A deeply researched warning about how the digital economy threatens artists' lives and work—the music, writing, and visual art that sustain our souls and societies—from an award-winning essayist and critic
There are two stories you hear about earning a living as an artist in the digital age. One comes from Silicon Valley. There's never been a better time to be an artist, it goes. If you've got a laptop, you've got a recording studio. If you've got an iPhone, you've got a movie camera. And if production is cheap, distribution is free: it's called the Internet. Everyone's an artist; just tap your creativity and put your stuff out there.
The other comes from artists themselves. Sure, it goes, you can put your stuff out there, but who's going to pay you for it? Everyone is not an artist. Making art takes years of dedication, and that requires a means of support. If things don't change, a lot of art will cease to be sustainable.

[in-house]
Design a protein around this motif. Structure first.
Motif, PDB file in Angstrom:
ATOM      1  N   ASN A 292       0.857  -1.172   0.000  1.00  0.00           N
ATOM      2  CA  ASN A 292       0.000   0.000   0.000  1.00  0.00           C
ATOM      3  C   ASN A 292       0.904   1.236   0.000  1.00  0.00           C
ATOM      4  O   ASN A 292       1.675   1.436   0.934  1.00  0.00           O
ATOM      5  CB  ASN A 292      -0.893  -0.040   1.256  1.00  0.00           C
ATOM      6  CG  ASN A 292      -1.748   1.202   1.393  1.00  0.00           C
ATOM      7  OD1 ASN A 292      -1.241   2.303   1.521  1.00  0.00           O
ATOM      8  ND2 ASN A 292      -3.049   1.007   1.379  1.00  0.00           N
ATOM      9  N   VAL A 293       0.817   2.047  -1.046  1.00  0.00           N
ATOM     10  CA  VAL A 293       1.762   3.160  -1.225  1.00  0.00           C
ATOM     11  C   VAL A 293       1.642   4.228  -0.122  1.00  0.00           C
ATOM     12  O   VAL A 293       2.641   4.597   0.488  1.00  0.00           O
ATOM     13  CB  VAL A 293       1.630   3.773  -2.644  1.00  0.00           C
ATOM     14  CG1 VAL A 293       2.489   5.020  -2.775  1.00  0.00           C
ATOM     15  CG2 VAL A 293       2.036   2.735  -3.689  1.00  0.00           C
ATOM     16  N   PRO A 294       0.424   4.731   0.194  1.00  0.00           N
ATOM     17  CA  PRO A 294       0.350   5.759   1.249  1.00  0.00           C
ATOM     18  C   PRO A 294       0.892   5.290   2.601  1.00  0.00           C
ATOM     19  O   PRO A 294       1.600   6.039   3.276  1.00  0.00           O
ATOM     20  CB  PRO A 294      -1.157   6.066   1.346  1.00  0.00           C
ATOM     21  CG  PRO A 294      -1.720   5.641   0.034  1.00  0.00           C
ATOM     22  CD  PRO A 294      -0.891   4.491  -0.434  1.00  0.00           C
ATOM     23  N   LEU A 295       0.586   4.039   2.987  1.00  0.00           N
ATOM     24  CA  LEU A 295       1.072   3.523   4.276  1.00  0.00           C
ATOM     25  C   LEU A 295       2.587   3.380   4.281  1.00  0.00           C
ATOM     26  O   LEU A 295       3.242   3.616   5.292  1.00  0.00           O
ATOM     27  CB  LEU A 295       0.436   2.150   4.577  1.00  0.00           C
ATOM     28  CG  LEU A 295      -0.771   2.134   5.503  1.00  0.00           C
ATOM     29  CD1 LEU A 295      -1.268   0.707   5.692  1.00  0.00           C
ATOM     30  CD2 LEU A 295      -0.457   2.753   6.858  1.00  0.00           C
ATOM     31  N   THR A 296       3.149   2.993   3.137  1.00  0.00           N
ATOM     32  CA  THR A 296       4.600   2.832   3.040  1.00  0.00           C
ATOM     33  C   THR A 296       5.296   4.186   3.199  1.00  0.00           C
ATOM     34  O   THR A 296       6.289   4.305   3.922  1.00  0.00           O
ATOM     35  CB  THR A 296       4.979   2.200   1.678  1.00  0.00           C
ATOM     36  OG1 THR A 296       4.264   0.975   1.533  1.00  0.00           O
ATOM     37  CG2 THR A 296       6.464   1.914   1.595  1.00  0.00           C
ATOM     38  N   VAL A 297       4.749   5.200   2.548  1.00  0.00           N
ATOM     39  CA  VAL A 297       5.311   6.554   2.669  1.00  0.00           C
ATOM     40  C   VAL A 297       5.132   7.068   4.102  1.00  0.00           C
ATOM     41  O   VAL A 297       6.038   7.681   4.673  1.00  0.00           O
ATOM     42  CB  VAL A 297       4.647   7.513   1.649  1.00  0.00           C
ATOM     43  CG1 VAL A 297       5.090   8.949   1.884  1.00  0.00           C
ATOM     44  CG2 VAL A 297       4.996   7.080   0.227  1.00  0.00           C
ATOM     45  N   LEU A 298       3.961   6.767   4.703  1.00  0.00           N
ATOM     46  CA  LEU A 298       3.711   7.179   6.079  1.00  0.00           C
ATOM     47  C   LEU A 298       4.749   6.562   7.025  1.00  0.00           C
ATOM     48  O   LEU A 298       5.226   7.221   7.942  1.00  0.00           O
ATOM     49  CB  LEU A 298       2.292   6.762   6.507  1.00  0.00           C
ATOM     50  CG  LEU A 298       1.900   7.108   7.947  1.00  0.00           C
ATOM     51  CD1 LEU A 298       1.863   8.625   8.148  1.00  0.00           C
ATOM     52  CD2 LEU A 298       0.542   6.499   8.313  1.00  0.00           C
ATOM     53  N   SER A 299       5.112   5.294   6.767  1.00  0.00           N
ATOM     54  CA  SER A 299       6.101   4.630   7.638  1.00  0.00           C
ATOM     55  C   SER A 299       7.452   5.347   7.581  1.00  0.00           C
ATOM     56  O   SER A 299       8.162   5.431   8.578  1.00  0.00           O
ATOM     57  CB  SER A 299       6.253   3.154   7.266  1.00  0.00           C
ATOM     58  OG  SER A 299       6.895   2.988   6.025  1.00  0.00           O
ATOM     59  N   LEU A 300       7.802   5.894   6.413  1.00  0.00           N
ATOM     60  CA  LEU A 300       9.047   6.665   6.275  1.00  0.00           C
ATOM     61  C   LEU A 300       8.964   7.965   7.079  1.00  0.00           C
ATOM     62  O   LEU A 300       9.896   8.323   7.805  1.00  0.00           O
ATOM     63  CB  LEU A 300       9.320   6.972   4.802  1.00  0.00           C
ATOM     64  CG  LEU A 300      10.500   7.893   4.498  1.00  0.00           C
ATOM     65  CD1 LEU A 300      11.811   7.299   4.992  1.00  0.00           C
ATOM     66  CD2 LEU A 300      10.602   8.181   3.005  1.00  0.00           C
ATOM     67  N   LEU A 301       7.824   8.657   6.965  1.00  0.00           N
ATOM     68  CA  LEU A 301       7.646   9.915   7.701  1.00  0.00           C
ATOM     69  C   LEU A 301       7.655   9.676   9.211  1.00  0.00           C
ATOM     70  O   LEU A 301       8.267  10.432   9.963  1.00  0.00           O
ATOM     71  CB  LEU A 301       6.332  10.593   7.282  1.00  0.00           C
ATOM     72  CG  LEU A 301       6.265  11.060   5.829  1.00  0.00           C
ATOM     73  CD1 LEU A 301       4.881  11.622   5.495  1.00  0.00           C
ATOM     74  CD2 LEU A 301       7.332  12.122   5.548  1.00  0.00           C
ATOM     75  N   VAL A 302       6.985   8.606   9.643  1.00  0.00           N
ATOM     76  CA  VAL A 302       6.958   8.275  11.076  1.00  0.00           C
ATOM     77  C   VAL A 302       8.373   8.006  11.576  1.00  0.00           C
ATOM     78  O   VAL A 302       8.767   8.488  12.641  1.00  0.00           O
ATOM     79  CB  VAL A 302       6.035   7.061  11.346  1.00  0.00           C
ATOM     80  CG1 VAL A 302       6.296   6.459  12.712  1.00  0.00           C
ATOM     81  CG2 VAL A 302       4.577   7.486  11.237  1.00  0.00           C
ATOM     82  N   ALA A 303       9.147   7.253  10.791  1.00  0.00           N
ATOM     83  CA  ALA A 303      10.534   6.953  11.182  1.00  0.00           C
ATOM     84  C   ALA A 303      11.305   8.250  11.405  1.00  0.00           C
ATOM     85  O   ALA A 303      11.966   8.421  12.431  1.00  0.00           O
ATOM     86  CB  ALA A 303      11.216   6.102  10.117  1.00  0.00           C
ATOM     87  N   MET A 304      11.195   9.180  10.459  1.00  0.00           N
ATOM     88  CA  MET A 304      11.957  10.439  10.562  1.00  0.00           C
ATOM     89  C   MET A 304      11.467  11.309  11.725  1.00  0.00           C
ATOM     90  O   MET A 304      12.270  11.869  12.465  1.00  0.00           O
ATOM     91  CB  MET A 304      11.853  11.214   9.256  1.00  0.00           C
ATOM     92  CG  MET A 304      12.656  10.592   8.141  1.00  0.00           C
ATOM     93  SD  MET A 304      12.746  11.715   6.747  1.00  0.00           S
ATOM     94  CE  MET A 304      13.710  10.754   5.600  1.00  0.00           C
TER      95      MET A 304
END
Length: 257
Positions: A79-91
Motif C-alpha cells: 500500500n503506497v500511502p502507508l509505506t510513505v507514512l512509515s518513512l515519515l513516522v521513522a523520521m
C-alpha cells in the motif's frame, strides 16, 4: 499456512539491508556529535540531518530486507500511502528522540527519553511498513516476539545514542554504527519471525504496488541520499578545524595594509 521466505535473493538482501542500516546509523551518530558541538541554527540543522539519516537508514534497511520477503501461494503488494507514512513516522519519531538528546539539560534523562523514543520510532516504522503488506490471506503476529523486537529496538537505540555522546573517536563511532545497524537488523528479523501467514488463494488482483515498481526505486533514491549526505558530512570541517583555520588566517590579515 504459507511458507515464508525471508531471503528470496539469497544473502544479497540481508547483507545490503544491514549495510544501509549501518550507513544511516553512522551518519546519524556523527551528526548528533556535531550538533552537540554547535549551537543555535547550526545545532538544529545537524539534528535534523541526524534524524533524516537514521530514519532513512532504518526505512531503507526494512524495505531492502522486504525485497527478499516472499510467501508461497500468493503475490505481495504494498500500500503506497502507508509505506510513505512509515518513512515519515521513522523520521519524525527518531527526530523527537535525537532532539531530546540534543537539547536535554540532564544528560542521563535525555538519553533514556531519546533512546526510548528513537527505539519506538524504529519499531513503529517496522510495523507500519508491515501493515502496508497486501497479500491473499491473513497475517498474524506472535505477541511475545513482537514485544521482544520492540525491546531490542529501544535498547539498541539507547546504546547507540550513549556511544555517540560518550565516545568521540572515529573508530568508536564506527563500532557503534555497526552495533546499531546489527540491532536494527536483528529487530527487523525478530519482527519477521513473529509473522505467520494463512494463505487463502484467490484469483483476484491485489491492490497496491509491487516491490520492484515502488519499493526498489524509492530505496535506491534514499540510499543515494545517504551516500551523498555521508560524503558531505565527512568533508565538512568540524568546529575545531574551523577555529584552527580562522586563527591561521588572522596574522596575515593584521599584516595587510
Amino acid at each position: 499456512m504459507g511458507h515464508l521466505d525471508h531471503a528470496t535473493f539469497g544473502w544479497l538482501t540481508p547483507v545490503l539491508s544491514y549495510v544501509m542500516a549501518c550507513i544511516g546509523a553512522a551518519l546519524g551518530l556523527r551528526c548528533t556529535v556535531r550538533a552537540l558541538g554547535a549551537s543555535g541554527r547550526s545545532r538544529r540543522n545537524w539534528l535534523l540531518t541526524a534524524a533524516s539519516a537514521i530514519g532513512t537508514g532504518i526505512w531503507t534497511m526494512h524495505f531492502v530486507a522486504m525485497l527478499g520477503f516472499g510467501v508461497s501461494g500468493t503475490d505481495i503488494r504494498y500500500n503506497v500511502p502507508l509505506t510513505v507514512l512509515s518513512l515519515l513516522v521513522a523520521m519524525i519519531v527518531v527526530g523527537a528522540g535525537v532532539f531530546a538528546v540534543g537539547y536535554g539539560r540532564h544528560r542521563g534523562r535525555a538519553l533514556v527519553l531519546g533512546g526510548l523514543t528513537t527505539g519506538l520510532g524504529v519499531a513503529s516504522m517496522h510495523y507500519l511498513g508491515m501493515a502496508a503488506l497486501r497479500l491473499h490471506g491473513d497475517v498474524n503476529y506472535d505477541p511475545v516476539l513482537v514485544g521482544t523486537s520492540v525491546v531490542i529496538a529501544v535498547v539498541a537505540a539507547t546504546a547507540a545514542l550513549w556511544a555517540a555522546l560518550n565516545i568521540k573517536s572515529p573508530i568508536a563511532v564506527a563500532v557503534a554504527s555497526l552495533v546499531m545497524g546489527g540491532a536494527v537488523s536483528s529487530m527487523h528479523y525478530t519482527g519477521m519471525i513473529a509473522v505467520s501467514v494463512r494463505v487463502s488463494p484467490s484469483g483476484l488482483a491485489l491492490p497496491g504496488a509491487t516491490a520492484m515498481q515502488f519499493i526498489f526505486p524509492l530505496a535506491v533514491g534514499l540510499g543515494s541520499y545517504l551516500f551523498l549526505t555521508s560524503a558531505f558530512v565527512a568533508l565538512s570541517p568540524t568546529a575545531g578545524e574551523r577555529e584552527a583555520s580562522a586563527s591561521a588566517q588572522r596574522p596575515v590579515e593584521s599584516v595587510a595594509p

So which account is true? Since people are still making a living as artists today, how are they managing to do it? William Deresiewicz, a leading critic of the arts and of contemporary culture, set out to answer those questions. Based on interviews with artists of all kinds, The Death of the Artist argues that we are in the midst of an epochal transformation. If artists were artisans in the Renaissance, bohemians in the nineteenth century, and professionals in the twentieth, a new paradigm is emerging in the digital age, one that is changing our fundamental ideas about the nature of art and the role of the artist in society.
A Macmillan Audio production from Henry Holt and Company